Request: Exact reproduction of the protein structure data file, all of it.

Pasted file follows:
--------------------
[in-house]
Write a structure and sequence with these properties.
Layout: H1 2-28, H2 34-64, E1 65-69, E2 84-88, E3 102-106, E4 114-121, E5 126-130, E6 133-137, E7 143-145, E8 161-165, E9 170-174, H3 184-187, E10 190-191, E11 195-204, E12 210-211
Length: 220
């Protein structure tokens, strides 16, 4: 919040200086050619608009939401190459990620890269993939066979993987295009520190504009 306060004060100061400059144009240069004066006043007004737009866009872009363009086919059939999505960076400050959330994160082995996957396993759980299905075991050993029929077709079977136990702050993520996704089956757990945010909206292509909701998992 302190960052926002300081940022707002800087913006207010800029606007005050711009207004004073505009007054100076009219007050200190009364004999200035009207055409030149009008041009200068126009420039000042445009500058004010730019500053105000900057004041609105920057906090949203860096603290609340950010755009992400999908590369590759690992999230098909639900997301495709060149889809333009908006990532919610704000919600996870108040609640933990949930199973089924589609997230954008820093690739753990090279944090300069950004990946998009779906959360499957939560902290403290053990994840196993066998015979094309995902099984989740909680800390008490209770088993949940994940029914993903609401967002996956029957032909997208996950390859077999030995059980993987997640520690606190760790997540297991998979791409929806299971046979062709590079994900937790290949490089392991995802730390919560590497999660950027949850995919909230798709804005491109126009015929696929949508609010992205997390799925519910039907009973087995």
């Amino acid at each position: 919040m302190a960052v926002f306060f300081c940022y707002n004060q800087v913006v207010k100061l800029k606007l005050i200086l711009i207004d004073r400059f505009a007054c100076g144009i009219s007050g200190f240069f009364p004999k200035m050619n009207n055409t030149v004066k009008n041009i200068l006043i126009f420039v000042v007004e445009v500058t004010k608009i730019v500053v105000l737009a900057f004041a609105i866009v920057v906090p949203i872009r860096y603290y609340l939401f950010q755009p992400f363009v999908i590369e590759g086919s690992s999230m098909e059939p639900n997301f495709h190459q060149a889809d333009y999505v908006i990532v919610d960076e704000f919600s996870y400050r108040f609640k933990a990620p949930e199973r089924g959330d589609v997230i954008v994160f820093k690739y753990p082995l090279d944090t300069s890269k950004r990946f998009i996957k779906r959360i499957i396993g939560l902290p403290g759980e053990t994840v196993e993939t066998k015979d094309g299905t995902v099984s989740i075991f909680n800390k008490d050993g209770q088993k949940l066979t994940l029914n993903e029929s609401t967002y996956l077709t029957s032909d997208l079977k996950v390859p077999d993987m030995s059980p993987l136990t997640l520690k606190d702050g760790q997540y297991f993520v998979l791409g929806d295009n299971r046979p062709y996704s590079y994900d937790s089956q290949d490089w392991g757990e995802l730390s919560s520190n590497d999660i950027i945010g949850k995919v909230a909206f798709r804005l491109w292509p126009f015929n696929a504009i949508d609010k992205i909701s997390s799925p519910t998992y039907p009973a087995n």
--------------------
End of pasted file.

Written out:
[in-house]
Write a structure and sequence with these properties.
Layout: H1 2-28, H2 34-64, E1 65-69, E2 84-88, E3 102-106, E4 114-121, E5 126-130, E6 133-137, E7 143-145, E8 161-165, E9 170-174, H3 184-187, E10 190-191, E11 195-204, E12 210-211
Length: 220
């Protein structure tokens, strides 16, 4: 919040200086050619608009939401190459990620890269993939066979993987295009520190504009 306060004060100061400059144009240069004066006043007004737009866009872009363009086919059939999505960076400050959330994160082995996957396993759980299905075991050993029929077709079977136990702050993520996704089956757990945010909206292509909701998992 302190960052926002300081940022707002800087913006207010800029606007005050711009207004004073505009007054100076009219007050200190009364004999200035009207055409030149009008041009200068126009420039000042445009500058004010730019500053105000900057004041609105920057906090949203860096603290609340950010755009992400999908590369590759690992999230098909639900997301495709060149889809333009908006990532919610704000919600996870108040609640933990949930199973089924589609997230954008820093690739753990090279944090300069950004990946998009779906959360499957939560902290403290053990994840196993066998015979094309995902099984989740909680800390008490209770088993949940994940029914993903609401967002996956029957032909997208996950390859077999030995059980993987997640520690606190760790997540297991998979791409929806299971046979062709590079994900937790290949490089392991995802730390919560590497999660950027949850995919909230798709804005491109126009015929696929949508609010992205997390799925519910039907009973087995």
């Amino acid at each position: 919040m302190a960052v926002f306060f300081c940022y707002n004060q800087v913006v207010k100061l800029k606007l005050i200086l711009i207004d004073r400059f505009a007054c100076g144009i009219s007050g200190f240069f009364p004999k200035m050619n009207n055409t030149v004066k009008n041009i200068l006043i126009f420039v000042v007004e445009v500058t004010k608009i730019v500053v105000l737009a900057f004041a609105i866009v920057v906090p949203i872009r860096y603290y609340l939401f950010q755009p992400f363009v999908i590369e590759g086919s690992s999230m098909e059939p639900n997301f495709h190459q060149a889809d333009y999505v908006i990532v919610d960076e704000f919600s996870y400050r108040f609640k933990a990620p949930e199973r089924g959330d589609v997230i954008v994160f820093k690739y753990p082995l090279d944090t300069s890269k950004r990946f998009i996957k779906r959360i499957i396993g939560l902290p403290g759980e053990t994840v196993e993939t066998k015979d094309g299905t995902v099984s989740i075991f909680n800390k008490d050993g209770q088993k949940l066979t994940l029914n993903e029929s609401t967002y996956l077709t029957s032909d997208l079977k996950v390859p077999d993987m030995s059980p993987l136990t997640l520690k606190d702050g760790q997540y297991f993520v998979l791409g929806d295009n299971r046979p062709y996704s590079y994900d937790s089956q290949d490089w392991g757990e995802l730390s919560s520190n590497d999660i950027i945010g949850k995919v909230a909206f798709r804005l491109w292509p126009f015929n696929a504009i949508d609010k992205i909701s997390s799925p519910t998992y039907p009973a087995n």